Last year I reported on the status of the boll weevil in Argentina. The last hope for stopping its spread was in the Chaco Province of northern Argentina.
Unfortunately, it managed to infest approximately one-half of the cotton in the Chaco Province during the last growing season. The areas infested are composed primarily of small farms — less than 5 acres each. Thus the half infested does not represent one-half of the cotton production in the province; the western half represents more than half the production.
Extension personnel are looking for alternatives for the small farmers in the north who use their cotton harvest to barter for food and other essentials. Honey production and grapefruit were options being considered. The arrival of the boll weevil may spell the end of cotton production on the small farms.
If there is a bright side to the situation, it is that the area not yet infested is in the western part of the province where the larger farms are. These operations are more progressive and have a better chance of dealing with the problem.
Their best chance is to implement a program like the post-eradication measures now being used in the United States. Although the weapons we use to prevent re-infestation are simple — pheromone traps and rapid response when weevils are detected — they must be employed in 100 percent of the cotton acreage.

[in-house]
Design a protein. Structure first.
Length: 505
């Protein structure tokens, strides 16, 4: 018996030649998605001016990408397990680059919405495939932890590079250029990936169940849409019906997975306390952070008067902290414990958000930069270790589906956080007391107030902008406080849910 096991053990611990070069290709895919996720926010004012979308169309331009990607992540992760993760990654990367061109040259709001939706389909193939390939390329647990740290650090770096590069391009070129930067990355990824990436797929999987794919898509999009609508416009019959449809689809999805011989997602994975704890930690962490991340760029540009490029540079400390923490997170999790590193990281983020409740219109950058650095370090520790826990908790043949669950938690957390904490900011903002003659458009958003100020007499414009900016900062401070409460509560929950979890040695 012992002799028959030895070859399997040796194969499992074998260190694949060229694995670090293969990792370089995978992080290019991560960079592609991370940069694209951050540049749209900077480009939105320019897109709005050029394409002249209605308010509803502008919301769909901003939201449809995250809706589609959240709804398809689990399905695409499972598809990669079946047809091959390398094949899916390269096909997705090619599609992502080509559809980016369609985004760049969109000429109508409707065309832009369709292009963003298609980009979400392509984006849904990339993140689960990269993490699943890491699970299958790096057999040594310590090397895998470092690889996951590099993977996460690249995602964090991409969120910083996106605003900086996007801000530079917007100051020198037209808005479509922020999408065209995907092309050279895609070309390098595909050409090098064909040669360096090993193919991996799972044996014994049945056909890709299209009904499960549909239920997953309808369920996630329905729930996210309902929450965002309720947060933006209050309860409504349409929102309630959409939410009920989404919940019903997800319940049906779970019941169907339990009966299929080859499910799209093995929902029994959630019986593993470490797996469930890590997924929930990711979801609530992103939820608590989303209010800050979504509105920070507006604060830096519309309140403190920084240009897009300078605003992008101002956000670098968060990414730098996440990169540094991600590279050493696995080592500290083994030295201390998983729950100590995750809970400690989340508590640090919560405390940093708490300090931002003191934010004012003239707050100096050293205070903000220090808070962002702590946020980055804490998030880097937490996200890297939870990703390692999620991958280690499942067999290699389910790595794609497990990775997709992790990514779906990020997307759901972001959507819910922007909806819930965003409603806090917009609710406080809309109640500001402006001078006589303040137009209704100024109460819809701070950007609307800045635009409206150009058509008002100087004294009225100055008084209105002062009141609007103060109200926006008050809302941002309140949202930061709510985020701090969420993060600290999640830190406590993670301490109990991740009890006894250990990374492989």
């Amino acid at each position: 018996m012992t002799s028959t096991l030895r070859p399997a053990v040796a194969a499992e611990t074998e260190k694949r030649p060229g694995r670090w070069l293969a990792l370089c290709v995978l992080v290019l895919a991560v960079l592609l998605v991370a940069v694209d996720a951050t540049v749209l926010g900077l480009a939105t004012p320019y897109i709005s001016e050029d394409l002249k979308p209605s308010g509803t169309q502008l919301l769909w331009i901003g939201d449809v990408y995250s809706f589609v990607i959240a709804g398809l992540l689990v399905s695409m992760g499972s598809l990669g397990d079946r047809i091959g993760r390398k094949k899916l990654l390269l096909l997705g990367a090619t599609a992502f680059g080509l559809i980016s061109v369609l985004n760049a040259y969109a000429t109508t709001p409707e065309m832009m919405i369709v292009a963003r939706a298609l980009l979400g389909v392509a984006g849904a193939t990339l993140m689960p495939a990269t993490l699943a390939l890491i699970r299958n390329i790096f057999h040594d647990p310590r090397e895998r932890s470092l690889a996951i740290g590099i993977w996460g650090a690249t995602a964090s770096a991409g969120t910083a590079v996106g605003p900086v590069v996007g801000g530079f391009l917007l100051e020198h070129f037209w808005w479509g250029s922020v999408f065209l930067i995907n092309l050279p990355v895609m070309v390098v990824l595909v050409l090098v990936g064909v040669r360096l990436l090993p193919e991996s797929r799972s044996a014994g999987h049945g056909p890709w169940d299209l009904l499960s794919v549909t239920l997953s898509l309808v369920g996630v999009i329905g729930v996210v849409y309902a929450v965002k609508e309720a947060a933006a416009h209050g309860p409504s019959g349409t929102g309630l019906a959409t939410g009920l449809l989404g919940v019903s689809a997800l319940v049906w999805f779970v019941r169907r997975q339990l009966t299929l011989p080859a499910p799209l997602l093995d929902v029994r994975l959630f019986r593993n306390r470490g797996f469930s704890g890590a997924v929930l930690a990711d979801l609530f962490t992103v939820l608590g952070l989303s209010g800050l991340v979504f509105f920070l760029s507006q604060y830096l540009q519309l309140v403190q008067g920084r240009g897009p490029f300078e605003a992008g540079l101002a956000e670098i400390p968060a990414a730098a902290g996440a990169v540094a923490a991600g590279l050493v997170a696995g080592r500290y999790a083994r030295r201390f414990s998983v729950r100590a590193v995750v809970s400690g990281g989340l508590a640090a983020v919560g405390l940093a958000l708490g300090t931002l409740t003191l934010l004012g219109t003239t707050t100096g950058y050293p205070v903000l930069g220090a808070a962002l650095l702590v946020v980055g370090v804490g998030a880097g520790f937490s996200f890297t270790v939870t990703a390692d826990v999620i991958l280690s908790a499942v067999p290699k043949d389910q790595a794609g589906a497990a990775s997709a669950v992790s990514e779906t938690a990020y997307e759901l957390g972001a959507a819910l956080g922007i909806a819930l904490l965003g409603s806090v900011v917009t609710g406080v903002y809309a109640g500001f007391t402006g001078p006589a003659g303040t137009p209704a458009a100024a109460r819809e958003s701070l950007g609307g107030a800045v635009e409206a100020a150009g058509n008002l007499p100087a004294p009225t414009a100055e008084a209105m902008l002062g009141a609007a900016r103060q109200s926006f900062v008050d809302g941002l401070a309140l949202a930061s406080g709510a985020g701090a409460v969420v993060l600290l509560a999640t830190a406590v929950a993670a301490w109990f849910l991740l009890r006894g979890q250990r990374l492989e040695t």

In fact, 100 percent grower participation is an essential component of the entire eradication effort in our country. Thus the role of the government is essential, because of its role in enforcing mandatory participation laws.
We had flown north from Buenos Aires to Corientes, and from there drove west three hours to the town of Charata. On approaching the town it was easy to imagine I was back in any agricultural area of the United States. Billboards advertised John Deere and Bayer and other companies and products familiar to us in this country.
At a meeting Extension leaders and researchers reported on the devastating effects of weevil infestations in Brazil and Paraguay. There was a sense that if ever anything is done about the further spread, now is the time to do it.
So the last stand against the boll weevil in the Western Hemisphere is in the western part of the Chaco Province of Argentina, and on limited acreages in parts of four more provinces. Bolivia does not have the boll weevil, but has only about 12,000 acres of cotton and enjoys isolation from cotton in Argentina.
The larger growers in Argentina seem willing and able to do something, but they realize that the government must also be willing to help. They have several other options for crops, primarily sorghum, sunflowers and soybeans, in case profit margins don't permit paying for controlling the boll weevil.
Gerald McKibben is a retired research entomologist who worked at the USDA Boll Weevil Laboratory in Starkville, Miss.